This Week, Will The Russia Story Actually Be About Russia? Members of Congress have more big hearings planned at which current and former U.S. officials are set to talk about Russian interference and the integrity of state election systems.
NPR logo This Week, Will The Russia Story Actually Be About Russia?

This Week, Will The Russia Story Actually Be About Russia?

Places are reserved for journalists in the hearing room ahead of U.S. Attorney General Jeff Sessions' testimony before the Senate Intelligence Committee about Russian interference in the 2016 presidential election in the Hart Senate Office Building on Tuesday. More such hearings are still to come. Chip Somodevilla/Getty Images hide caption

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Chip Somodevilla/Getty Images

Places are reserved for journalists in the hearing room ahead of U.S. Attorney General Jeff Sessions' testimony before the Senate Intelligence Committee about Russian interference in the 2016 presidential election in the Hart Senate Office Building on Tuesday. More such hearings are still to come.

Chip Somodevilla/Getty Images

Updated 11:00 a.m. ET Saturday

This week, Washington is looking ahead to another stretch in which the time is always news o'clock and the stories just don't stop.

The marathon of high-profile congressional hearings continues Tuesday with a session scheduled by the Senate Judiciary Committee's panel on crime and terrorism. It appears aimed squarely at the ongoing imbroglio over Trump associates' possible connections to last year's Russian election meddling.

Subcommittee Chairman Lindsey Graham, R-S.C., titled the session "Concurrent congressional and criminal investigations: lessons from history."

In other words: How can House and Senate committees keep clear of an executive branch process — like that being led by Justice Department special counsel Robert Mueller?

Then on Wednesday, the House and Senate intelligence committees both have hearings planned about last year's election.

Texas Rep. Mike Conaway, the Republican leading the House committee's Russia inquiry, announced that former Homeland Security Secretary Jeh Johnson will appear to "answer questions related to Russian active measures."

In other words: the slate of dirty tricks that U.S. intelligence agencies say Russia's spy services pulled on the United States, including cyberattacks on elections systems and American political figures and some of their top aides.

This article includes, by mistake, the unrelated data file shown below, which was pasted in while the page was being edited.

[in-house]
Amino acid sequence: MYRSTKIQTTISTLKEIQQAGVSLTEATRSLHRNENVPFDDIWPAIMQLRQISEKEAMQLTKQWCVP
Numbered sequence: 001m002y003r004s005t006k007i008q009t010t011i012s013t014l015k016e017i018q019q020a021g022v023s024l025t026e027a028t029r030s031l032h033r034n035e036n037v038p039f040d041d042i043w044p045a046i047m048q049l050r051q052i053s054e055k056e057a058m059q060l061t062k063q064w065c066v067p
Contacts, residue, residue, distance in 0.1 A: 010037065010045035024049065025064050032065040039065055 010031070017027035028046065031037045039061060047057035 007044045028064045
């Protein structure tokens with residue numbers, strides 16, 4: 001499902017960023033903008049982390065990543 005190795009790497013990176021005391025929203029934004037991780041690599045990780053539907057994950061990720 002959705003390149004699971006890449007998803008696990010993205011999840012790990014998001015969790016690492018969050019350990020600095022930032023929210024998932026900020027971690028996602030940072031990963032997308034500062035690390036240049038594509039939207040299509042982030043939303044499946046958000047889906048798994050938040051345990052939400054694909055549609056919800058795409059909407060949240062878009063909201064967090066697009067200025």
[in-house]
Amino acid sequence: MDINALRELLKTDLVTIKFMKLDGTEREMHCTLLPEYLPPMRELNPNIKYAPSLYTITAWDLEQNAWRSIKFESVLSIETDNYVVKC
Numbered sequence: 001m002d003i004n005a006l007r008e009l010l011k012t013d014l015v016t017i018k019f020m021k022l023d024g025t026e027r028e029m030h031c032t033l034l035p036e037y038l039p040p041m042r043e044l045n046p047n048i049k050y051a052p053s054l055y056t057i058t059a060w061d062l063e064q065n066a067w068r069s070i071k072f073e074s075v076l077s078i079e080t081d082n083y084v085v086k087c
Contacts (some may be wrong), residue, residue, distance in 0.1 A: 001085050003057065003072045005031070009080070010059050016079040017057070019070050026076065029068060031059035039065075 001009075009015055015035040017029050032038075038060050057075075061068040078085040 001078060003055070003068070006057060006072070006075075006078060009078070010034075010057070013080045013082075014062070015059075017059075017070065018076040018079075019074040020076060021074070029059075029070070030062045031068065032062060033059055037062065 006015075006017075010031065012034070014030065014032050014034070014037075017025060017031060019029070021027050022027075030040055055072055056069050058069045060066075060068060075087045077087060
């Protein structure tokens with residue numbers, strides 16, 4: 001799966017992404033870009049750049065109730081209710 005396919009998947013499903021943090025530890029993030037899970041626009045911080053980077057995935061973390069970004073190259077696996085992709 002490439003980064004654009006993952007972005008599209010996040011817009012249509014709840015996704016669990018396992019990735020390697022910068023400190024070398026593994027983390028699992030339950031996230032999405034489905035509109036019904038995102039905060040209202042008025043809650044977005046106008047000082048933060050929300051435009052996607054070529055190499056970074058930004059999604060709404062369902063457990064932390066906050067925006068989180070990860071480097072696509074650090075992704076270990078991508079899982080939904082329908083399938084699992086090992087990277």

Meanwhile over on the other side of the Capitol, Senate Intelligence Committee Chairman Richard Burr, R-N.C., and Vice Chairman Mark Warner, D-Va., will be having their own version of that discussion with two panels of outside experts at nearly the same time the House Intelligence Committee is in session with Johnson.

Witnesses at the Senate hearing are to include the acting director of the Department of Homeland Security's intelligence and analysis cyber division, the assistant director of the FBI's counterintelligence division and state elections officials.

Acting FBI Director Andrew McCabe also makes an appearance on Capitol Hill Wednesday afternoon — ostensibly about the bureau's FY 2018 budget, but other topics could come up.

McCabe was supposed to testify Friday, but that hearing was canceled after a difficult few days in Washington that began when Rep. Steve Scalise, the House majority whip, and three others were shot Wednesday in an attack on a Republican congressional baseball practice that appeared to be politically motivated.

After several weeks in which D.C. has focused on the Trump aspect of the story, and especially actions the president might have taken this year in response to these investigations — including firing FBI Director James Comey — the election itself could move back into the spotlight.

News organizations including NPR have reported that Russian cyberattacks last year against state elections offices were much more widespread than first understood, and national security leaders like Comey have warned that unless Washington does more to deter them, the Russians will resume their mischief in the 2018 and 2020 election cycles.

State election systems were designated as part of the nation's "critical infrastructure" by Johnson in January of this year, during the final weeks of the Obama administration. That allows DHS "to prioritize our cybersecurity assistance to state and local election officials, but only for those who request it," Johnson explained in a statement at the time. And there are other such ideas that will likely get an airing next week.

Should presidential campaigns get cyber protection from a federal agency the way the Secret Service provides physical protection for presidential candidates?

Should the United States launch a big information war against Russia to retaliate against its aggressive wave of cyberattacks and disinformation?

And should the FBI try harder to deliver criminal punishment to the Russians it knows were involved?

Former acting Attorney General Sally Yates raised that prospect when she appeared before the Senate Judiciary Subcommittee on Crime and Terrorism with Clapper at one of its hearings about the Russian election hacking — but she also made clear about the limits of what might be practically possible.

"I think we have to do more to deter the Russians, and it wouldn't hurt to prosecute a few folks, but I don't think we should kid ourselves," Yates said, "that we'll be able to prosecute our way out of this problem."

Correction June 17, 2017

A previous version of this story quoted congressional testimony suggesting that state election systems have not yet been designated as critical infrastructure by the Department of Homeland Security. In fact, that designation was made by DHS on Jan. 6, 2017.